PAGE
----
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2015 Projects of the Year Overall Grand Project: Commercial/Multi Family

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Commercial Structure

The George Washington University Science and Engineering Hall

Ballinger AE

Washington DC


The project recognized by popular vote as this year’s overall grand project is the Science & Engineering Hall at George Washington University.  Submitted by Ballinger AE, a professional member of the CFA, this project also demonstrates the growing network of design professionals within the membership of the association.

The George Washington University- Science and Engineering Hall is a new 700,000- square-foot building located in Washington. Of the total 700,000 square-feet, 300,000-square-feet encompass the 6-story subgrade structure.

There were many unique design and construction challenges that came with such a substantial and complex subgrade structure. The substructure extends to a maximum depth of occupied space of 74-feet below grade. The perimeter basement walls were designed to withstand the intense soil pressures caused at these depths. It is also located in close proximity to three existing dormitories, which remained occupied during construction. These dormitories required deep underpinning so as not to disturb the original foundations, and also imparted a surcharge onto the new substructure walls.

Rock elevation on the site varied from 74-feet below grade to 34-feet below grade, therefore significant rock excavation was required. This was accomplished with localized blasting, which again was done while the neighboring dormitories remained occupied.
Ed Zinski, associate principal and chief structural engineer for Ballinger AE was asked about the firm’s role in the project.  “Ballinger has extensive experience with unique foundation and concrete design, as well as designing university lab spaces,” stated Zinski. “Working with our in-house design team and assisted by A&F Engineers local to Washington DC provided us with the ability to closely collaborate with the architectural and mechanical design of the building, in order to provide the most efficiently designed structure.”

Extensive computer modeling was used in all aspects of design including the deep basement walls with high soil and surcharge loads, the substructure slabs with open and sloping diaphragms translating extraordinary lateral soil loads, NIH caliber vibration resistant lab floors and high-bay post-tensioning design.

The high-bay testing lab featured a “strong-wall” and “strong-floor” designed and located 12-feet below grade level. Despite being located below grade, this lab was actually an elevated floor five stories above the building’s foundation. The elevated condition resulted in a unique design, as these types of intensely loaded labs are typically founded on grade. The design loads for the lab included more than one million pounds ultimate load applied laterally at the wall and vertically at the floor. The lab also houses a 20-ton crane and a drive-through truck receiving area to deliver specimens to the testing site. Again, extensive computer modeling was used to design this area. Ultimately it was determined that the strong-wall and strong-floor would be reinforced using solid post-tensioning rods. This is another area that required close collaboration with Clark Construction, as well as with the civil engineering faculty of George Washington University during design and construction.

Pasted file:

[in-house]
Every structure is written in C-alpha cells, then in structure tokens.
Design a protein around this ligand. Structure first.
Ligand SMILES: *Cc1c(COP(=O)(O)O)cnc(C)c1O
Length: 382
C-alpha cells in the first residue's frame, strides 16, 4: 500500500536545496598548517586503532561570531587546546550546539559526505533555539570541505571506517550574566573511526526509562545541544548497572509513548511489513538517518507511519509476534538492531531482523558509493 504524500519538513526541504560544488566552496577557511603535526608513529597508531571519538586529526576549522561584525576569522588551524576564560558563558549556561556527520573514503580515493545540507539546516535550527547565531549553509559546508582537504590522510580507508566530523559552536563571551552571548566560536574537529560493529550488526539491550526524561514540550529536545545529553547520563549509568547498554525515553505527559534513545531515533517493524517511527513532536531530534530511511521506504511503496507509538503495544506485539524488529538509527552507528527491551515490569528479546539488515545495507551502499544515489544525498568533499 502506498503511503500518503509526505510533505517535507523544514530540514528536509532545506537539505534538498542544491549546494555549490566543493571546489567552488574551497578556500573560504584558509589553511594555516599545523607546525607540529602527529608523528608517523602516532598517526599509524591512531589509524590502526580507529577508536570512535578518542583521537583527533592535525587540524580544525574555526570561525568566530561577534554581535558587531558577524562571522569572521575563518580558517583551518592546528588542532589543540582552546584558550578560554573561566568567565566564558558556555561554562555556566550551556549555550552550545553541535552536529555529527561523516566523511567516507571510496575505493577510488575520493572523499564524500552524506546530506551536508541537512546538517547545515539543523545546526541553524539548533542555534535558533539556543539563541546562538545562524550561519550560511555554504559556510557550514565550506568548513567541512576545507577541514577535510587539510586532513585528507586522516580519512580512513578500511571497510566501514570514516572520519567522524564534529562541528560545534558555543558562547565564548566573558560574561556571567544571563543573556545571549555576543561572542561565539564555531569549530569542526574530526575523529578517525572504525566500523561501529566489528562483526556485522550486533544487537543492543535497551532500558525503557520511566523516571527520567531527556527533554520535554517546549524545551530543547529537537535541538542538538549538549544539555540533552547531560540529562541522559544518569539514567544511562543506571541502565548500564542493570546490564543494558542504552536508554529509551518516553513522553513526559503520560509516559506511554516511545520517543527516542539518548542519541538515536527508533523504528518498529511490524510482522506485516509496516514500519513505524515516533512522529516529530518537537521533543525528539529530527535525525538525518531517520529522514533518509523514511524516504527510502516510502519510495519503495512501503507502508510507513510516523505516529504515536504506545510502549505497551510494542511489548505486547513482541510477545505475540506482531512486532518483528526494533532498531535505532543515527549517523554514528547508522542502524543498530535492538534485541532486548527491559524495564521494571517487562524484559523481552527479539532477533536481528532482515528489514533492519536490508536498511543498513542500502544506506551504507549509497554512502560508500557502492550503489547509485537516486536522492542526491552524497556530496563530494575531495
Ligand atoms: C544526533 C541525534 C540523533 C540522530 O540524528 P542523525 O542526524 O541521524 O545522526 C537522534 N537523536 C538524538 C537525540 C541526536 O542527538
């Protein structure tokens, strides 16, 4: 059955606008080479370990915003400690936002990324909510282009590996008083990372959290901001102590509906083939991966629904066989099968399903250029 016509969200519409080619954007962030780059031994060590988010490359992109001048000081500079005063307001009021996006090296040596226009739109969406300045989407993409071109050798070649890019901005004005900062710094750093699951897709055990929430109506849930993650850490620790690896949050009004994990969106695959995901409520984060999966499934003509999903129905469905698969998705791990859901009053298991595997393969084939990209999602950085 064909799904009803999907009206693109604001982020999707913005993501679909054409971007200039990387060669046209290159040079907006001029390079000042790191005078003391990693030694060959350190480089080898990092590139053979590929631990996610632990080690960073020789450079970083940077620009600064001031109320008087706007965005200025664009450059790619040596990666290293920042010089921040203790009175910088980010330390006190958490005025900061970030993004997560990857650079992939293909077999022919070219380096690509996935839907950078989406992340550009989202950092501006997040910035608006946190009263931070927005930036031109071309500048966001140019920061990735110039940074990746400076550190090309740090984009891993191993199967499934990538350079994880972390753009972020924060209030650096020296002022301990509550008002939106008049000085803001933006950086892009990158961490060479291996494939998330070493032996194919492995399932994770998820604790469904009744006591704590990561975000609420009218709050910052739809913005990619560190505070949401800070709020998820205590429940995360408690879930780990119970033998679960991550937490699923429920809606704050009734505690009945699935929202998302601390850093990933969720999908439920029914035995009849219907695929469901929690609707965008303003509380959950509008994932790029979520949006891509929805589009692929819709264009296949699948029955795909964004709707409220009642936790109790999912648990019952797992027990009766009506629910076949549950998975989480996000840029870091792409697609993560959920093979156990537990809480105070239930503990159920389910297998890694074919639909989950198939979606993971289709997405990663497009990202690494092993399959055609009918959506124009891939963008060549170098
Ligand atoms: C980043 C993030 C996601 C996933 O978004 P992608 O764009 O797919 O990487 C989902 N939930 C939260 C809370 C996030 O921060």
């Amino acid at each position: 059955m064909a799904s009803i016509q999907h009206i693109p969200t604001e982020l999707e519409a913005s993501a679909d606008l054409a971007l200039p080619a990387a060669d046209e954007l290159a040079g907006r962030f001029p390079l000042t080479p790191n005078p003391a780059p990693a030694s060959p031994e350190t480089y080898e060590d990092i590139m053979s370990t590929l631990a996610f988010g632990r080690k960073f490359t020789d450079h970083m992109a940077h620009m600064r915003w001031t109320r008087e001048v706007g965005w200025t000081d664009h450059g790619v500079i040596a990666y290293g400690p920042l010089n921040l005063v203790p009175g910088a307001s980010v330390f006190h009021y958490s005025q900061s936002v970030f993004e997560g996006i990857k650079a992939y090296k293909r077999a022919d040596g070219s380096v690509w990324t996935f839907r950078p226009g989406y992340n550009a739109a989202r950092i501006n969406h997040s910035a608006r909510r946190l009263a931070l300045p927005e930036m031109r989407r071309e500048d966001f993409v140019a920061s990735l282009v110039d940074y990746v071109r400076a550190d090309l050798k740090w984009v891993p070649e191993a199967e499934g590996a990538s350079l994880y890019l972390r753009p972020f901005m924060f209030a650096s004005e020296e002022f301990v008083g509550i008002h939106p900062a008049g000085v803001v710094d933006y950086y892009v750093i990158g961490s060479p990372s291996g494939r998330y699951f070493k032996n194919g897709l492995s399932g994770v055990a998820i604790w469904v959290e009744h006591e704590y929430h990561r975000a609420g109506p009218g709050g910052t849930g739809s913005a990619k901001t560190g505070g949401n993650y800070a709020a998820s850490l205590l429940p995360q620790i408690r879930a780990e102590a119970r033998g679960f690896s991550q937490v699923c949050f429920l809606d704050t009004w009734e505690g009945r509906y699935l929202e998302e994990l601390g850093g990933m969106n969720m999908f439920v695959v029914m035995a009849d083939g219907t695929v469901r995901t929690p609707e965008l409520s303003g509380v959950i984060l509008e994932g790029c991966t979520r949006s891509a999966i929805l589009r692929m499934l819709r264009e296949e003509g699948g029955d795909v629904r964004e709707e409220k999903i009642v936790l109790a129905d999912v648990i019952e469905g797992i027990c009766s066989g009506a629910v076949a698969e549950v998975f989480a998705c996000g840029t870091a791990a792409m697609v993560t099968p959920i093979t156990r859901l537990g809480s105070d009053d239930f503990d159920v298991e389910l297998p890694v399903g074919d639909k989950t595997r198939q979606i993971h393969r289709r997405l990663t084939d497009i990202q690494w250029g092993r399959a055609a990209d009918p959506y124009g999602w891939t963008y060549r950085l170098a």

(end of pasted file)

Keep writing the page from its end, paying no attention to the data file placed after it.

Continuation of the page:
Also located within the building are several sloping columns, column transfers and a central core transfer with eccentric column loads of up to 5-million pounds. The slabs were designed to transfer the lateral load induced by the sloped columns. For three of the major column transfers over the main floor auditorium, it was determined that the best solution would be to utilize an exposed composite concrete and steel truss solution. Ballinger’s structural group worked closely with Clark Construction during the building of this unique truss to ensure all of the design requirements were met.

“We are thrilled that the CFA has honored our project, the George Washington University – Science and Engineering Hall, with this award,” stated Zinski. “I have long thought that something so critical as a structure’s foundation is often overlooked or taken for granted.  That is why we joined the CFA and look forward to greater participation within the organization.  This is also why we are so honored to be recognized by the CFA with this award.”

For more information on this foundation project, contact CFA Member Edward J. Zinski, PE of Ballinger at or (215) 446-0684.

Project Specifications:

  • Size
    • Total Lin. Ft. : 1200
    • Total Sq. Ft. : 700,000
    • Walls: 5100 cu.yds
    • Footings: 1350 cu.yds
  • Steel Used
    • Walls: 190 tons
    • Footings: 52 tons
  • Wall Height: Total of 74′
  • Wall Thickness: Varies between 20″ and 32″
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